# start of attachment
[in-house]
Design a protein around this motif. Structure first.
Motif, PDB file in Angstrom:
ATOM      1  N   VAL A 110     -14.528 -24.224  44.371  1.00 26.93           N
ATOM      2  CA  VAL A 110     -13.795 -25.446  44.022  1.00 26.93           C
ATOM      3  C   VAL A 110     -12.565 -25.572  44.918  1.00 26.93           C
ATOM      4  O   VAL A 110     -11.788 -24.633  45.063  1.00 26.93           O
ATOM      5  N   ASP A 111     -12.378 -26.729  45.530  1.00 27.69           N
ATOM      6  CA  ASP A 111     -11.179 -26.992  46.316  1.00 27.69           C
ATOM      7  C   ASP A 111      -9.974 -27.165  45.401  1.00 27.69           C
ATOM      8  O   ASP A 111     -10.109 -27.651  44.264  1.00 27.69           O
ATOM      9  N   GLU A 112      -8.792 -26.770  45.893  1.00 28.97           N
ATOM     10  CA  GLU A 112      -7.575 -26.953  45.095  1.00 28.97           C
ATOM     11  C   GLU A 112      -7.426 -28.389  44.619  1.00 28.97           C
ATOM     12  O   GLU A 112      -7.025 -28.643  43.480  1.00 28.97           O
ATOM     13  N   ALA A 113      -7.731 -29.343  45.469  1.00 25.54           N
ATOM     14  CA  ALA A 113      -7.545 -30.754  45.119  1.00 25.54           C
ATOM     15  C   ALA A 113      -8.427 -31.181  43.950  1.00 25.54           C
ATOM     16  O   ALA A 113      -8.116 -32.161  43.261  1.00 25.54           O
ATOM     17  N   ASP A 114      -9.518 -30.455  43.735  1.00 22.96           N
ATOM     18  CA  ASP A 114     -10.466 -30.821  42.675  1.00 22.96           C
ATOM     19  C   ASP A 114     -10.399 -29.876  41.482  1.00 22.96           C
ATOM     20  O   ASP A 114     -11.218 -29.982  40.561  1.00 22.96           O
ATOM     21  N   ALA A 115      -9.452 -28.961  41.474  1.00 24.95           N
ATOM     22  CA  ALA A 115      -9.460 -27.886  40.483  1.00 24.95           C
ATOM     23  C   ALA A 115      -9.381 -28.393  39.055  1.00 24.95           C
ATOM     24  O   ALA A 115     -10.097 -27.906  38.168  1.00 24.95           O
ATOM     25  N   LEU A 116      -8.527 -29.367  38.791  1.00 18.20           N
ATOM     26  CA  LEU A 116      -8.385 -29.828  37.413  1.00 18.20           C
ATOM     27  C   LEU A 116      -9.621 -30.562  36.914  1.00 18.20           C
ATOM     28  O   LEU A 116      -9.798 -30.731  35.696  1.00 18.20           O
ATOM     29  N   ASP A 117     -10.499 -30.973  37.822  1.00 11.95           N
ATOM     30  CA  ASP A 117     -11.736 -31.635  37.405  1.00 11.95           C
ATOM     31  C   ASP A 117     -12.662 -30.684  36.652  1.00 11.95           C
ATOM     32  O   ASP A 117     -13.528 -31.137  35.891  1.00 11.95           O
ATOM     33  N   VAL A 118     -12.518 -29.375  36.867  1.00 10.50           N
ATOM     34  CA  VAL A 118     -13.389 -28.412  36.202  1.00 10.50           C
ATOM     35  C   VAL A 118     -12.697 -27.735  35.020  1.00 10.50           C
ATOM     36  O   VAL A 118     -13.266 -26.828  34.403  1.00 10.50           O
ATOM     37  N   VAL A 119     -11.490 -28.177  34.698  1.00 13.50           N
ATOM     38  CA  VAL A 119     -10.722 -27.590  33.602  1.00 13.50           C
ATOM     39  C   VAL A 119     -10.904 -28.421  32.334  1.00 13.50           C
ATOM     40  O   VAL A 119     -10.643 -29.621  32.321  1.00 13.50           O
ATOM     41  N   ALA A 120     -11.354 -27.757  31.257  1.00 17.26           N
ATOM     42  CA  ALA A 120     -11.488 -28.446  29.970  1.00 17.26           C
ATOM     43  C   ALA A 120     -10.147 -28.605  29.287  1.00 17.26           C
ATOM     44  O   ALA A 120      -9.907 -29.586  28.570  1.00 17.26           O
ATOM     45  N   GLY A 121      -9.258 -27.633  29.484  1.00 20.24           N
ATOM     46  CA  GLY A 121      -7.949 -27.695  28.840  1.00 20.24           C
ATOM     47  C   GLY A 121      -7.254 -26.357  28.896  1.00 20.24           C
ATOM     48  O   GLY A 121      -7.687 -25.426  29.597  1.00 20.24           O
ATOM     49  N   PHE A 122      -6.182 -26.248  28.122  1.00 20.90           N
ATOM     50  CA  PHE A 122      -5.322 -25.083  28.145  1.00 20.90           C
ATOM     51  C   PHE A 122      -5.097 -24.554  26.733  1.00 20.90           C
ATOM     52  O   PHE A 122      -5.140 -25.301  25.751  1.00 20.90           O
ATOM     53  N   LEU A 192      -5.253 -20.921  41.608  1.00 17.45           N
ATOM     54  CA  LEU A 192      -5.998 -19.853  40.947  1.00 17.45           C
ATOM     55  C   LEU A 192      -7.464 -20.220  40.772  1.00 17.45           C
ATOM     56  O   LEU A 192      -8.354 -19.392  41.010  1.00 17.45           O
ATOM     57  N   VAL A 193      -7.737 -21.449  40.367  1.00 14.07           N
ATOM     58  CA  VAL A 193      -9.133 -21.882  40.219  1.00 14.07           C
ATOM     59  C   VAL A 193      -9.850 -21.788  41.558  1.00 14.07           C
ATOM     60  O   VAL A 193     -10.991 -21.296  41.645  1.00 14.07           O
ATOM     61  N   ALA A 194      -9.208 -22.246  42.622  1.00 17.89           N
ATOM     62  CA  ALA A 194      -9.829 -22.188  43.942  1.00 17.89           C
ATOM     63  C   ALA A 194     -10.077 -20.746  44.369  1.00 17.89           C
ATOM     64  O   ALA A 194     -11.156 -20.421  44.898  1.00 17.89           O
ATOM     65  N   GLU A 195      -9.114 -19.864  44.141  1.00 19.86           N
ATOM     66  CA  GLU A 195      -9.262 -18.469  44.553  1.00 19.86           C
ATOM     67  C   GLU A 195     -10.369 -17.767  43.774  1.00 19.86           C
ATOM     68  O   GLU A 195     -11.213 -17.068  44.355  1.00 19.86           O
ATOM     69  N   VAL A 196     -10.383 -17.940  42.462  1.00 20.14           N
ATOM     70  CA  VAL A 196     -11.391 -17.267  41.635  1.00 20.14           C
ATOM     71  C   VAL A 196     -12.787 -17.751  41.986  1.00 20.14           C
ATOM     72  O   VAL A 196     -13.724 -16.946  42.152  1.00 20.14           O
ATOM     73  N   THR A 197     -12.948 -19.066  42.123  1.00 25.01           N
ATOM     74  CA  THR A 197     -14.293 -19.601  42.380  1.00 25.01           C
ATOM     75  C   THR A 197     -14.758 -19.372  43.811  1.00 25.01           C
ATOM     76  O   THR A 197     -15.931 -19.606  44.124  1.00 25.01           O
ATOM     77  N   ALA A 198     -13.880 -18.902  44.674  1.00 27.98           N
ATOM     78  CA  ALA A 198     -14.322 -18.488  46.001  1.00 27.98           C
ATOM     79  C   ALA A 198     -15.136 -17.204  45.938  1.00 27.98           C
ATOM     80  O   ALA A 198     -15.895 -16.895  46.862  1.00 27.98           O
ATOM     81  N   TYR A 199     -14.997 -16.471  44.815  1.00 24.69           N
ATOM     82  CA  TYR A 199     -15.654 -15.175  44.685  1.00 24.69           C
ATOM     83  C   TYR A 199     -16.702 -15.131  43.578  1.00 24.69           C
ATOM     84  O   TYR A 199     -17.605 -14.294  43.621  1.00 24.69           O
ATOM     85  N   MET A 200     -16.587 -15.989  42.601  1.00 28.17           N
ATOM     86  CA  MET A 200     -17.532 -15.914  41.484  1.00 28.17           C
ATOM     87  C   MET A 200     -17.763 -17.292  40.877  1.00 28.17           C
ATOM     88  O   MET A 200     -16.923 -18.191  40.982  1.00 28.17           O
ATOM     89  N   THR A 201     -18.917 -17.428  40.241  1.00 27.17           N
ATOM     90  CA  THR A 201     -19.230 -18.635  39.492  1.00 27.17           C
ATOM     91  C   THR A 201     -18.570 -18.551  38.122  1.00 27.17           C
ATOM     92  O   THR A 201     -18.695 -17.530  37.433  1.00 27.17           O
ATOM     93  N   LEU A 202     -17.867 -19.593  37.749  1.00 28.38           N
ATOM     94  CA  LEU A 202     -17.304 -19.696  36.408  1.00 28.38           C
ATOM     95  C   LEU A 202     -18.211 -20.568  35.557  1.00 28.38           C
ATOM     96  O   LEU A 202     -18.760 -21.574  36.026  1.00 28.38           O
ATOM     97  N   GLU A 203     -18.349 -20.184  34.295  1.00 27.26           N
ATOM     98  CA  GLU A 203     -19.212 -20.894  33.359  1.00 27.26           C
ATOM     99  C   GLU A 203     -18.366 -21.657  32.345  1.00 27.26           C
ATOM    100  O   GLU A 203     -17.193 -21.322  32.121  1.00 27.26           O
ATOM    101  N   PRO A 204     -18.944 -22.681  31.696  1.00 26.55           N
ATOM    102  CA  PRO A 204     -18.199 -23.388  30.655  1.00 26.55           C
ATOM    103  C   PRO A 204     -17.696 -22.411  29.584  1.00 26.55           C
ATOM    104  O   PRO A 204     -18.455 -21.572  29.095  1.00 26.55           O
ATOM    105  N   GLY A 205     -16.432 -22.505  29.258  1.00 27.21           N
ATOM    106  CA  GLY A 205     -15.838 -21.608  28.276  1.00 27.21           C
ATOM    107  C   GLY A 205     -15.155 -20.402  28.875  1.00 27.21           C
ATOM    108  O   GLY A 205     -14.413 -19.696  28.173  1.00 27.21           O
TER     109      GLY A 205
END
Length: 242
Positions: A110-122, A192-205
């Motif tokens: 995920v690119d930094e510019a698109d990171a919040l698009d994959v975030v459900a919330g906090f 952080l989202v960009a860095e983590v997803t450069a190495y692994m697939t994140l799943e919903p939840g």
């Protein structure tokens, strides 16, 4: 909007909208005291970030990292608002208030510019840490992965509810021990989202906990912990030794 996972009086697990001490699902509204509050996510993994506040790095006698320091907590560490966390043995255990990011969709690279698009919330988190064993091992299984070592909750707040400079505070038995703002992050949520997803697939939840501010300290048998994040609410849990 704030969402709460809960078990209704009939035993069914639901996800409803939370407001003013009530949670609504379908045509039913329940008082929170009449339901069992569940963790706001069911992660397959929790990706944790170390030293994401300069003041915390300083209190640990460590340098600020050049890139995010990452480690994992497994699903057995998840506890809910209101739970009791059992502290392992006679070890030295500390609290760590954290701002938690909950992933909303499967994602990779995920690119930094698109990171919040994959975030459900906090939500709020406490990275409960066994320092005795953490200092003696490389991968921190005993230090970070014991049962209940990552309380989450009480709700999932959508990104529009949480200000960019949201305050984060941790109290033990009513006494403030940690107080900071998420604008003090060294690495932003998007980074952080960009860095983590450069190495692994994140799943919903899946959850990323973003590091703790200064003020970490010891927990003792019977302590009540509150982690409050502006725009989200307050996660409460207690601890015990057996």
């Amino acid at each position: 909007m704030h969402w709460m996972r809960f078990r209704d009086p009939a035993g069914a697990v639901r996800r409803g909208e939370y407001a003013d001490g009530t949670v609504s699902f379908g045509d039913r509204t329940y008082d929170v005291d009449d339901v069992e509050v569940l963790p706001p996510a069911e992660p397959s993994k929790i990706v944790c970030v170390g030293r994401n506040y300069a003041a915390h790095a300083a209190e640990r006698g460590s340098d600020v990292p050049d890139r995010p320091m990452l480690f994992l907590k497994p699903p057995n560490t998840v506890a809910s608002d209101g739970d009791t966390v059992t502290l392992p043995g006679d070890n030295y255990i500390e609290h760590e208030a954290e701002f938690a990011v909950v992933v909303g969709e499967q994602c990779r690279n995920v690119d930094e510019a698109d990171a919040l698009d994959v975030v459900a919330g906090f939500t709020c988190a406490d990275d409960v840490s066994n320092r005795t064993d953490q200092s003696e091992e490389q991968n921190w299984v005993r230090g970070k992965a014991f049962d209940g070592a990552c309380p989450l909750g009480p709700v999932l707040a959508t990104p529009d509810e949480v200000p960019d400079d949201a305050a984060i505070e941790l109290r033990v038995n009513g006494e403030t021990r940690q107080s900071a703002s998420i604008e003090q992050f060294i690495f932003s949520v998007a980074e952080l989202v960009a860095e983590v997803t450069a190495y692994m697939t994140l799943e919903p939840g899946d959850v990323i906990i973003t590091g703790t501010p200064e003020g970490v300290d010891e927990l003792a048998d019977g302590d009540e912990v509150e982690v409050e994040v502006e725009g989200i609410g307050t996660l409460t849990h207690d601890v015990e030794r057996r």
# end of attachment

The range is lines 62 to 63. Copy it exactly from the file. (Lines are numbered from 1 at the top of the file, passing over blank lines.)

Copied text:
ATOM     59  C   VAL A 193      -9.850 -21.788  41.558  1.00 14.07           C
ATOM     60  O   VAL A 193     -10.991 -21.296  41.645  1.00 14.07           O